Have Awards Shows Lost Their Lustre?
Right in the centre of the awards season within all medias, we are bombarded with constant images of filmmakers and artists winning and losing various awards. Within the film and music world, this often means a hefty rise in their business as films get the coveted awards season push. For many, it’s simply another chance to come out, get free goody bags and trot off home to wallow in disappointment. The question though is does anyone actually care anymore?
What was the key awards show of the season? Grammys? Oscars? Something more authentic like the DGA? Golden Globes. No doubt that of all the writer’s strikes many failings, it served to greatly portray the entire lack of need for the ceremony, for the glitz and glamour and pointless cattle market walk for the women and men to bask in their collective glory. The stories have become too strong for us to bear. The stories of $15,000 baskets of goodies for each nominee at the Oscars or Grammys. Could it be that in these days of heightened, post-Al Gore social conscience that we all feel a little bit sickened by it all?
I still very much enjoy the Oscars and, while the politics remain strong, the last couple of ceremonies have genuinely rewarded some superb filmmaking, with the deeply notable exception of Crash. Indeed, it seems their original policy of rewarding the best rather than biggest films has died out. It’s back to the days of the 1970s when challenging, politicised works enjoyed success. So it seems strange that so many dissenting voices should arrive at the Oscars door when it actually does great work.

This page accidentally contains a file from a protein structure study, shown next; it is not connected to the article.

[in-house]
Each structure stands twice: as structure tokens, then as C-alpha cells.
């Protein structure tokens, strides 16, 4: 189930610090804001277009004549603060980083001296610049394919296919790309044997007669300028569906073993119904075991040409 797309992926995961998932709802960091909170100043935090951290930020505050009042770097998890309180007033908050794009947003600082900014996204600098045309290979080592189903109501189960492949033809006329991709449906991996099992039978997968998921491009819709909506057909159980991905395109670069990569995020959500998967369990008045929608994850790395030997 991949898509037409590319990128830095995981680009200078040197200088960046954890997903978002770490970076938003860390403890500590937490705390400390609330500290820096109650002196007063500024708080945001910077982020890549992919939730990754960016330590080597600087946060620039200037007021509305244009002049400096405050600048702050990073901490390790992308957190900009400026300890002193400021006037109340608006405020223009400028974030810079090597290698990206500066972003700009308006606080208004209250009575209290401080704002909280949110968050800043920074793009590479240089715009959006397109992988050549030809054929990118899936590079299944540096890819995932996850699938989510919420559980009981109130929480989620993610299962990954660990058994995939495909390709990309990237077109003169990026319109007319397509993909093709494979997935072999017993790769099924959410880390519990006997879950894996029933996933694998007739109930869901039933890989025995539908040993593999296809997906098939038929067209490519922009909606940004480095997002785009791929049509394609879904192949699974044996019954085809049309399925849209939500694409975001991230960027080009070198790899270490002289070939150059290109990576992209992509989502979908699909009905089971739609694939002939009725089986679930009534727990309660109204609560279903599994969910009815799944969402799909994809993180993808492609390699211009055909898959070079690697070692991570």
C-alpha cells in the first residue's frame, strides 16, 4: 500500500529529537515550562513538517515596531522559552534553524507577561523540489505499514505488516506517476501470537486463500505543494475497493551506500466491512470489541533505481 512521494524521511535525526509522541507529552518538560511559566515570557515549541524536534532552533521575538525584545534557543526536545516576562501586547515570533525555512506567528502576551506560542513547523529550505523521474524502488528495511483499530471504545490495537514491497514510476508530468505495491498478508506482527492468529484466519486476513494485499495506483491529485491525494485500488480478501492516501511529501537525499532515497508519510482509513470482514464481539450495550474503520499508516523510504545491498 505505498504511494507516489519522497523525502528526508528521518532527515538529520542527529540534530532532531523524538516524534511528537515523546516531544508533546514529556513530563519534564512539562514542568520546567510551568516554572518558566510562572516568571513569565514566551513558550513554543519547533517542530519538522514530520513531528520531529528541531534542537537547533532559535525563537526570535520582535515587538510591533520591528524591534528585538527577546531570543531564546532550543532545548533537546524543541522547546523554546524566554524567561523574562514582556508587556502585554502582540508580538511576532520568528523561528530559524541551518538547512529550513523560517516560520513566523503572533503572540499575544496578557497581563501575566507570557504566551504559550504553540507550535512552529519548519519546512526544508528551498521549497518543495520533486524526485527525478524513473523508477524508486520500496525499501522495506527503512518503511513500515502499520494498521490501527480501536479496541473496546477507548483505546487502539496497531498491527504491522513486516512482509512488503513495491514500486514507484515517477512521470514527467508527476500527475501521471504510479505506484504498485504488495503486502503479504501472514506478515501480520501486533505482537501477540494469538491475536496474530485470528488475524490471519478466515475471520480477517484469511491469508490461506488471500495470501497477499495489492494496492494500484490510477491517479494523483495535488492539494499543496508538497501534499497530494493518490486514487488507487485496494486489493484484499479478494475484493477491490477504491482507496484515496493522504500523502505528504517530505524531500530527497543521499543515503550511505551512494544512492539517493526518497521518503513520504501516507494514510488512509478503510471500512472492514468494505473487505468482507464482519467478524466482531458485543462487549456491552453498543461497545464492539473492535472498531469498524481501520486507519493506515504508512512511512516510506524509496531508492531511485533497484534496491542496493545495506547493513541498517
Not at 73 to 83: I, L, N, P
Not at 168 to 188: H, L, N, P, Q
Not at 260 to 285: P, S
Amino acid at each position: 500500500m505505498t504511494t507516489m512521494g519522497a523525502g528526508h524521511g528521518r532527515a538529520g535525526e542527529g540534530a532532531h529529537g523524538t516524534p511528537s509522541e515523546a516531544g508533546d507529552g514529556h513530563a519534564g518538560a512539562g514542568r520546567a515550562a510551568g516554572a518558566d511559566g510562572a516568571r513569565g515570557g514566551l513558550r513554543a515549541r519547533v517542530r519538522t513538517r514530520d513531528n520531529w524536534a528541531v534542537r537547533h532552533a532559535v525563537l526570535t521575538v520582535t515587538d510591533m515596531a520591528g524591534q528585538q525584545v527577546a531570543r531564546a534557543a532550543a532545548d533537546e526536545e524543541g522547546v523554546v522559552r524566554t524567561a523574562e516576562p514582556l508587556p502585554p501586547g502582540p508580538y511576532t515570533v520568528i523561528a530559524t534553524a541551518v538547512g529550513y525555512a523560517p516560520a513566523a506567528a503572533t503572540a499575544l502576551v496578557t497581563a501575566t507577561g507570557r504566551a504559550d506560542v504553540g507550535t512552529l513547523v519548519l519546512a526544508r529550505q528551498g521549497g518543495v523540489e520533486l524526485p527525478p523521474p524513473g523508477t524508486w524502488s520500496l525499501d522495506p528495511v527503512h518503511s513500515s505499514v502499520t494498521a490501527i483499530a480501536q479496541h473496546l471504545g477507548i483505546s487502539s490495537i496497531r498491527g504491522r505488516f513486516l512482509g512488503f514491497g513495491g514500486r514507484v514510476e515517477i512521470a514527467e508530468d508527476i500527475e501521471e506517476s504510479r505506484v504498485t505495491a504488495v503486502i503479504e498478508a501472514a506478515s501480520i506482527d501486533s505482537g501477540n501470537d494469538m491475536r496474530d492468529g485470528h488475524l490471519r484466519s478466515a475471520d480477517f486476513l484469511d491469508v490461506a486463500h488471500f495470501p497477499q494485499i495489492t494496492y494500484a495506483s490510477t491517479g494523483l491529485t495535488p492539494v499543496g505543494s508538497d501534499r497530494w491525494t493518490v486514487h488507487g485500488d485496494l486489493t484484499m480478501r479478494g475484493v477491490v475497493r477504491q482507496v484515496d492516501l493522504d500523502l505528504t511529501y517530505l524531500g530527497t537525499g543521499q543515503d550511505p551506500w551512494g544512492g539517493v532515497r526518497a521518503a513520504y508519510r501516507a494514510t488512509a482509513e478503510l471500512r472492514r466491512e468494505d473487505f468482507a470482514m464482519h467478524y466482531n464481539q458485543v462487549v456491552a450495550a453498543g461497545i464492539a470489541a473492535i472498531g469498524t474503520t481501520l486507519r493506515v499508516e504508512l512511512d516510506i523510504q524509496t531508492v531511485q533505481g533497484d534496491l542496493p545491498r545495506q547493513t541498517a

But perhaps it isn’t so much the awards as indeed the tradition. The money and glitz, the collective arse-kissing and mutual gratification of the ceremony. The speeches that go on too long, the dresses that cost a couple of years of salary for normals, the moments when the Academy does try to say something, as with Crash winning. What was that saying? Few would place Crash above the elegant heartbreak of Brokeback Mountain, so why did Crash take it? A puzzle for the ages.
Maybe it’s these moments, when the Oscars starts to become more about occasion than art. Maybe, as an art-consuming race, we’ve become genuinely sick of brainless idiocy. This obviously isn’t fully true given the success of Meet The Spartans, but it’s a case to consider. Perhaps the lack of love shown to awards post-Globes has something to do with us growing as a race. Maybe, we don’t love Awards ceremonies any more not because they are pompous or irrelevant, but because we genuinely feel more could be done with the time and money. Maybe.